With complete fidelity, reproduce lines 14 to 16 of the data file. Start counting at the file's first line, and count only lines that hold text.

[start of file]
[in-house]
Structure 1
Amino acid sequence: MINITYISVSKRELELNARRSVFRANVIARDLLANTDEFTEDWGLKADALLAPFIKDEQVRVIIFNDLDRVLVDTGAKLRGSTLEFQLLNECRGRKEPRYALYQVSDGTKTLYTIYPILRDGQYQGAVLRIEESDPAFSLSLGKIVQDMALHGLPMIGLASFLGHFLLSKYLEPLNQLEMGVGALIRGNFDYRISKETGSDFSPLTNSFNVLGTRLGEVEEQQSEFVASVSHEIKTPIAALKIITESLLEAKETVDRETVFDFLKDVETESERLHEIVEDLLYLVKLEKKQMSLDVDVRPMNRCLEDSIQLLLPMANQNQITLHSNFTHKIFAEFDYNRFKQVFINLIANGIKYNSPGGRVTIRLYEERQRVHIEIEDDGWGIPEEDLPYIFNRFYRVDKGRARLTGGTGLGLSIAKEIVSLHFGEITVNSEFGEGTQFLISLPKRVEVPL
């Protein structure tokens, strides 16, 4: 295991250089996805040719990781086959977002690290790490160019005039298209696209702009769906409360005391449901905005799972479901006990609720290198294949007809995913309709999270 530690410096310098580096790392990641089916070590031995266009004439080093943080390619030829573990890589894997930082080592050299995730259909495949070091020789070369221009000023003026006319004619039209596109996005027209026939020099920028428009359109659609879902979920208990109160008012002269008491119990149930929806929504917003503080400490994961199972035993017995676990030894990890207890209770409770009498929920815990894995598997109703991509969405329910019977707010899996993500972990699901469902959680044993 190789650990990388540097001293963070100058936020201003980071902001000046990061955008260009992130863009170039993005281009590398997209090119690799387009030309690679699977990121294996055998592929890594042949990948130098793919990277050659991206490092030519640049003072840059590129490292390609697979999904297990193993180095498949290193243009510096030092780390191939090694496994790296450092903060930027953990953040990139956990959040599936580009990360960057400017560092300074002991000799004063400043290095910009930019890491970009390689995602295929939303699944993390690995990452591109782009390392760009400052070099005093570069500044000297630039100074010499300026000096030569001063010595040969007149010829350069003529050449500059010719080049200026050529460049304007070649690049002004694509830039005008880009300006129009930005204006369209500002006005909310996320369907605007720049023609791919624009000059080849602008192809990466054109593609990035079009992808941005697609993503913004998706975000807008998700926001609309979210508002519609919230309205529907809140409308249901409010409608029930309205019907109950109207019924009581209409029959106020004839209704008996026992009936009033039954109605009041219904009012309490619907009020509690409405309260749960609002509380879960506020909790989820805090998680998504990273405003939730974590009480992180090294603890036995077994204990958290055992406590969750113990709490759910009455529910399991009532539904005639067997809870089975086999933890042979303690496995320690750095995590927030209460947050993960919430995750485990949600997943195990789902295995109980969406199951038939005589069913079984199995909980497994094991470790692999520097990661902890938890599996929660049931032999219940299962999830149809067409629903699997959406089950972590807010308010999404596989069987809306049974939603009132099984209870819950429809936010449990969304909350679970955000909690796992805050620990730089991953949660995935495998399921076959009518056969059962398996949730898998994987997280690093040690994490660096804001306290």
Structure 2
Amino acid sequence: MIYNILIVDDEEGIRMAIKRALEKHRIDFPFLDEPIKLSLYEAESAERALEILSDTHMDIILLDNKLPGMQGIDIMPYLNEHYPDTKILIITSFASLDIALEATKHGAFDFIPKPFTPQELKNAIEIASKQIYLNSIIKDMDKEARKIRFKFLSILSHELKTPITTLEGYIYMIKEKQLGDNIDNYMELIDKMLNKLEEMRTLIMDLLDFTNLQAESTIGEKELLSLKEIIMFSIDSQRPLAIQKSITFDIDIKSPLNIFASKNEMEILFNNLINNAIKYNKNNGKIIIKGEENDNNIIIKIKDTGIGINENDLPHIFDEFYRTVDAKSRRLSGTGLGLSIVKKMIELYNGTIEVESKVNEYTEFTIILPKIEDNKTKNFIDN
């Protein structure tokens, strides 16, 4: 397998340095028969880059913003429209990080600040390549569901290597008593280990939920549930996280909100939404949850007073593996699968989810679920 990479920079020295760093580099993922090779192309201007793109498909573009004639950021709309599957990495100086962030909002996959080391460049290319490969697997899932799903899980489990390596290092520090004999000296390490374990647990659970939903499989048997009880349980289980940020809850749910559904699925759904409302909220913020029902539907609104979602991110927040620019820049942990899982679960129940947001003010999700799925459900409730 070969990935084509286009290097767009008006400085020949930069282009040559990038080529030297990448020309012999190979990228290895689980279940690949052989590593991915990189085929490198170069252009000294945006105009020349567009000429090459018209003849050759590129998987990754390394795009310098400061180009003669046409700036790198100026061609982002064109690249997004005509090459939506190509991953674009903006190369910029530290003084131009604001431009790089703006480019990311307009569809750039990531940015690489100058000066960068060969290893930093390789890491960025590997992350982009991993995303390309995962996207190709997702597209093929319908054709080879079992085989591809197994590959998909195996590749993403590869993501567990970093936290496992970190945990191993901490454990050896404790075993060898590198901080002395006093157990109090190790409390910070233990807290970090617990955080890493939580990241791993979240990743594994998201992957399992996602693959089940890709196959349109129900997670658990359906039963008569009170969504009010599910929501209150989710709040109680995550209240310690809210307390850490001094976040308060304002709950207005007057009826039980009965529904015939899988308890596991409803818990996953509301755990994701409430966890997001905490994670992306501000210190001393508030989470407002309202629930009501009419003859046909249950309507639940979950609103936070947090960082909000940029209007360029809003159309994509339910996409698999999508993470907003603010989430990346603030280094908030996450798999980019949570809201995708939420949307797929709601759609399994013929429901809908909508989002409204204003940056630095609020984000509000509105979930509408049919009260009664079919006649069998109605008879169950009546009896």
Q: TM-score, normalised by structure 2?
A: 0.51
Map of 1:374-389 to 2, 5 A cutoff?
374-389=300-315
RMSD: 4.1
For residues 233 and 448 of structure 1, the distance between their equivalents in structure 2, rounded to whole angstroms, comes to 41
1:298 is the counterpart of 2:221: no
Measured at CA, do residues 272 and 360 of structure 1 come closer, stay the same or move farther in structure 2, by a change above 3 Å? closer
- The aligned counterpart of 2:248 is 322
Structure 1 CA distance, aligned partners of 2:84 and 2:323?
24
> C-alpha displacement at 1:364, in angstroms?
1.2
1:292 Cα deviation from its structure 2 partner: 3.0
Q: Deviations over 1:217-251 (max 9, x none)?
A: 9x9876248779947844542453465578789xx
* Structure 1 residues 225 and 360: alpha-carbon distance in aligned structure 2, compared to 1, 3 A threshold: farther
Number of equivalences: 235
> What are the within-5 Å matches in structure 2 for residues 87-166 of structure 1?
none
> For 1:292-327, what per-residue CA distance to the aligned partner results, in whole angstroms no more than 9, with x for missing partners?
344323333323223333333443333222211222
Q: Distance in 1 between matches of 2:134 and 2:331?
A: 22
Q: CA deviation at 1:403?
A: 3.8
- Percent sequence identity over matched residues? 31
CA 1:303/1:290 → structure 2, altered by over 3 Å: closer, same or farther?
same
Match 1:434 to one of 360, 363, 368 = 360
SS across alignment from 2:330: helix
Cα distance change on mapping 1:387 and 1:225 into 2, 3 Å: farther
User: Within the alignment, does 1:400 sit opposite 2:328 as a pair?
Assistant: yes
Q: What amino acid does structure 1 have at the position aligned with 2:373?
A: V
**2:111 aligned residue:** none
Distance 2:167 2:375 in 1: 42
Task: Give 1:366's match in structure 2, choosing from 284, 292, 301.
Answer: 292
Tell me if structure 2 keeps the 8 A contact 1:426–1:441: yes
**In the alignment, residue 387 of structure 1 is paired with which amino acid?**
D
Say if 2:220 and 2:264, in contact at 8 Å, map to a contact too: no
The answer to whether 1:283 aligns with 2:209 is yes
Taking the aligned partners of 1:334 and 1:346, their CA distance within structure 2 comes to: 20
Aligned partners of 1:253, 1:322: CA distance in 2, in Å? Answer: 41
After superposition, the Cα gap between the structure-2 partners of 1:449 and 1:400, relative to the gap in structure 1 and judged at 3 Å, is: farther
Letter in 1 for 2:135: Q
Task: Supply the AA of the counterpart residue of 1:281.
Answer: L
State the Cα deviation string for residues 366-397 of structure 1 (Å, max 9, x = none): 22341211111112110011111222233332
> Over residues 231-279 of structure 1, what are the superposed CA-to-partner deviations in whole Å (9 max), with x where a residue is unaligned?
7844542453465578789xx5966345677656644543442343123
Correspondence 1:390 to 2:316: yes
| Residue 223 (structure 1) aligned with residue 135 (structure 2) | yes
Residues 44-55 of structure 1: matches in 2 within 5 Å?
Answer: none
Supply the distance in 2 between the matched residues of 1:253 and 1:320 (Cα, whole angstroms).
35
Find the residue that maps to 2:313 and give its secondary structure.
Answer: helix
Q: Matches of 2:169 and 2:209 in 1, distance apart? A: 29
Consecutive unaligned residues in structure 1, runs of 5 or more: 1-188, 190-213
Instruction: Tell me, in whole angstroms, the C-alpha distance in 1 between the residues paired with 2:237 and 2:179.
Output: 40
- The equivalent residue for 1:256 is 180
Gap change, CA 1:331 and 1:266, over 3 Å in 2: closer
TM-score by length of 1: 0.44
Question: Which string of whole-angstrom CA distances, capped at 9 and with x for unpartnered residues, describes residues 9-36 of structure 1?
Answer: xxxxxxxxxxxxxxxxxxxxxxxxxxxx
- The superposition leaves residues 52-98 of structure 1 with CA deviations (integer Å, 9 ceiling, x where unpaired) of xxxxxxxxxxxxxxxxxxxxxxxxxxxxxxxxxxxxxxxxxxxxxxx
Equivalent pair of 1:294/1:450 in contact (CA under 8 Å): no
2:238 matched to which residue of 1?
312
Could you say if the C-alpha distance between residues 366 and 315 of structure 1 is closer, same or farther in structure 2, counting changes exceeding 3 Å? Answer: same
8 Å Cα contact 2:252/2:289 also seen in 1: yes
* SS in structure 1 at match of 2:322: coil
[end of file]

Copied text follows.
1:298 is the counterpart of 2:221: no
Measured at CA, do residues 272 and 360 of structure 1 come closer, stay the same or move farther in structure 2, by a change above 3 Å? closer
- The aligned counterpart of 2:248 is 322